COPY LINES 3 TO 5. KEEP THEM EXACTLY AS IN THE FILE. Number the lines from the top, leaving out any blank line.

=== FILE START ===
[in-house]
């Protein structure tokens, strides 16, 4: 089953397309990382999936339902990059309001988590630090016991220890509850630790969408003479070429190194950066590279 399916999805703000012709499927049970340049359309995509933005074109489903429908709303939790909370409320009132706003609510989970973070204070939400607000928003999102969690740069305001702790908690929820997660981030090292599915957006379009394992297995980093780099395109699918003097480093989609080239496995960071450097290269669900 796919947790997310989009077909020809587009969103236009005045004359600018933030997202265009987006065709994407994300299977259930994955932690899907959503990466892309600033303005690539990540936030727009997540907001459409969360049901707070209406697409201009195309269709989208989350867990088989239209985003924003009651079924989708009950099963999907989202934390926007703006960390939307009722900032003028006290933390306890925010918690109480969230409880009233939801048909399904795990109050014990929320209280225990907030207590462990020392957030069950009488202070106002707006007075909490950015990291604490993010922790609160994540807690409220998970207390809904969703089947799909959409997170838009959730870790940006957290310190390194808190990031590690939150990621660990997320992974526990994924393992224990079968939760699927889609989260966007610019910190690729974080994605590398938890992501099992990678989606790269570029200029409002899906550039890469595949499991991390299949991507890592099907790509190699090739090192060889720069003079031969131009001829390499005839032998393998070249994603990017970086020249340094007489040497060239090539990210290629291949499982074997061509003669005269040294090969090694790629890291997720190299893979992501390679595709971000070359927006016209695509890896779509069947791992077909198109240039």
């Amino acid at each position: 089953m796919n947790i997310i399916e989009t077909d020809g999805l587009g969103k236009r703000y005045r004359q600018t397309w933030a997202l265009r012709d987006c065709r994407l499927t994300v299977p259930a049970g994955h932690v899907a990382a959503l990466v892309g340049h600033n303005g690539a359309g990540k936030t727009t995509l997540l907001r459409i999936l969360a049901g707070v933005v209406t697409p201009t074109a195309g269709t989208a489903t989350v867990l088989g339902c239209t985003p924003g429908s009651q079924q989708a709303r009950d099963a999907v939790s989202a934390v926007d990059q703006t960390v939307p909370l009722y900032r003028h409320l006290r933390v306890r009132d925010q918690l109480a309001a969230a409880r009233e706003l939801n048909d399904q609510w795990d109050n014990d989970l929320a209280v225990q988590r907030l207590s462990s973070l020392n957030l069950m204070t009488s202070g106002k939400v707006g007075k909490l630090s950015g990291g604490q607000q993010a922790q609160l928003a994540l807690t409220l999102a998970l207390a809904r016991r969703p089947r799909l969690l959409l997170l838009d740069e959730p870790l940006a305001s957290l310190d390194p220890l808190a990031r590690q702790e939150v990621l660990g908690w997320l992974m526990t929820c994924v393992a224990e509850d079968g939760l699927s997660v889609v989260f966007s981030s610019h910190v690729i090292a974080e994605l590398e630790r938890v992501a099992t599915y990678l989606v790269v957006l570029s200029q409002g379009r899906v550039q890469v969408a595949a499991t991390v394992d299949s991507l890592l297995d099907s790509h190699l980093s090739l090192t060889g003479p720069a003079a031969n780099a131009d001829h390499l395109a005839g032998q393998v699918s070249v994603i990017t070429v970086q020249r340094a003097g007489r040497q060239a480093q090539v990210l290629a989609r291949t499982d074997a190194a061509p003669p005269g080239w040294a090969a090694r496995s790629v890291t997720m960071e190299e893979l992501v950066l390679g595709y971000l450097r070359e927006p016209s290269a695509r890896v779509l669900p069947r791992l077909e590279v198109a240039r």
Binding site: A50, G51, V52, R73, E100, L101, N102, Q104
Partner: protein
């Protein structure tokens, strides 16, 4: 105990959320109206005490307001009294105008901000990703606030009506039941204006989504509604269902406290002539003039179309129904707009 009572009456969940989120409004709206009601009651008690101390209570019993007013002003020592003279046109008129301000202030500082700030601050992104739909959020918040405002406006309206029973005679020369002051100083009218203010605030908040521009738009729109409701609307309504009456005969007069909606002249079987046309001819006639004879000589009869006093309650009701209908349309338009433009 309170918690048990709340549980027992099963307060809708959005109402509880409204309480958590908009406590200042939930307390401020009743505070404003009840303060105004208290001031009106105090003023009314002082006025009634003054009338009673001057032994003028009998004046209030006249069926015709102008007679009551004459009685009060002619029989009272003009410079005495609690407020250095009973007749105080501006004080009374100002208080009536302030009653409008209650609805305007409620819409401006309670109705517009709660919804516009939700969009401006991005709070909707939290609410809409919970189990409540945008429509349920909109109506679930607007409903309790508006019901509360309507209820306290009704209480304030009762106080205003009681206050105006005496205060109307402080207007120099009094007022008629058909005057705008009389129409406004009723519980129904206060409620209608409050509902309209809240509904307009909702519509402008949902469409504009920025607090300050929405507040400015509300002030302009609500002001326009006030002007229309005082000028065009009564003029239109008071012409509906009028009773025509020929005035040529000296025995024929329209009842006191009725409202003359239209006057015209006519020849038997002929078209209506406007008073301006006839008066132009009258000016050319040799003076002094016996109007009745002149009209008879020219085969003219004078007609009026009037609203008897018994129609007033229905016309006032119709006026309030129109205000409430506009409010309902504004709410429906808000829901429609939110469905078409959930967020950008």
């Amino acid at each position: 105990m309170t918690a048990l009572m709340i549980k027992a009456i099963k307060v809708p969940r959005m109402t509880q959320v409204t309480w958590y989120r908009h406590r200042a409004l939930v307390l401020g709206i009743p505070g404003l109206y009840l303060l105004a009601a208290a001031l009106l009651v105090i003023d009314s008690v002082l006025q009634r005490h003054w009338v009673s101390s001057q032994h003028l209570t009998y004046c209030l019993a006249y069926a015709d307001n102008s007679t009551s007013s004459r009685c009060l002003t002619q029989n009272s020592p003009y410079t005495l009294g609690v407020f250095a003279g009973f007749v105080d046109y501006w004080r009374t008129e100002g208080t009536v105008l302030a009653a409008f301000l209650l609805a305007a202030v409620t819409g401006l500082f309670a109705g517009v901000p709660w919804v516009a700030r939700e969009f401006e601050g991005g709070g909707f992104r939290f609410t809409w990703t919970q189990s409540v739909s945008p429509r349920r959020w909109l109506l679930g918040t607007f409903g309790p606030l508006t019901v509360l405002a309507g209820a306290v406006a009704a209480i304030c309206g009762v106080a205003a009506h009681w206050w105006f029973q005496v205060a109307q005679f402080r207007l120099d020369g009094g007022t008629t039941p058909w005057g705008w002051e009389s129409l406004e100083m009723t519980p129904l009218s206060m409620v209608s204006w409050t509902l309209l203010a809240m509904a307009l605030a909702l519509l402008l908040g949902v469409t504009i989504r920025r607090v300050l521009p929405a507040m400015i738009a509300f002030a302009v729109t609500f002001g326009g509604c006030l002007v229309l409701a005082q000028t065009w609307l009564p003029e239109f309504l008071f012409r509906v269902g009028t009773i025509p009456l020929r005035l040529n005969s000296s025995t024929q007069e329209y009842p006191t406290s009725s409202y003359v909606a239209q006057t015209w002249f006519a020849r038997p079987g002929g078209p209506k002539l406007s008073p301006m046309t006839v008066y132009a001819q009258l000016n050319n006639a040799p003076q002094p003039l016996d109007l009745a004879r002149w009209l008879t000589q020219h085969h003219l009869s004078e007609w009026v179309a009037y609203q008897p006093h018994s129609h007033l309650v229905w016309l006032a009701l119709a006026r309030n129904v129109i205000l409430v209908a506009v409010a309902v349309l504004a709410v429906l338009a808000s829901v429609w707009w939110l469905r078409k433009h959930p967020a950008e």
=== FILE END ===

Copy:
């Amino acid at each position: 089953m796919n947790i997310i399916e989009t077909d020809g999805l587009g969103k236009r703000y005045r004359q600018t397309w933030a997202l265009r012709d987006c065709r994407l499927t994300v299977p259930a049970g994955h932690v899907a990382a959503l990466v892309g340049h600033n303005g690539a359309g990540k936030t727009t995509l997540l907001r459409i999936l969360a049901g707070v933005v209406t697409p201009t074109a195309g269709t989208a489903t989350v867990l088989g339902c239209t985003p924003g429908s009651q079924q989708a709303r009950d099963a999907v939790s989202a934390v926007d990059q703006t960390v939307p909370l009722y900032r003028h409320l006290r933390v306890r009132d925010q918690l109480a309001a969230a409880r009233e706003l939801n048909d399904q609510w795990d109050n014990d989970l929320a209280v225990q988590r907030l207590s462990s973070l020392n957030l069950m204070t009488s202070g106002k939400v707006g007075k909490l630090s950015g990291g604490q607000q993010a922790q609160l928003a994540l807690t409220l999102a998970l207390a809904r016991r969703p089947r799909l969690l959409l997170l838009d740069e959730p870790l940006a305001s957290l310190d390194p220890l808190a990031r590690q702790e939150v990621l660990g908690w997320l992974m526990t929820c994924v393992a224990e509850d079968g939760l699927s997660v889609v989260f966007s981030s610019h910190v690729i090292a974080e994605l590398e630790r938890v992501a099992t599915y990678l989606v790269v957006l570029s200029q409002g379009r899906v550039q890469v969408a595949a499991t991390v394992d299949s991507l890592l297995d099907s790509h190699l980093s090739l090192t060889g003479p720069a003079a031969n780099a131009d001829h390499l395109a005839g032998q393998v699918s070249v994603i990017t070429v970086q020249r340094a003097g007489r040497q060239a480093q090539v990210l290629a989609r291949t499982d074997a190194a061509p003669p005269g080239w040294a090969a090694r496995s790629v890291t997720m960071e190299e893979l992501v950066l390679g595709y971000l450097r070359e927006p016209s290269a695509r890896v779509l669900p069947r791992l077909e590279v198109a240039r």
Binding site: A50, G51, V52, R73, E100, L101, N102, Q104
Partner: protein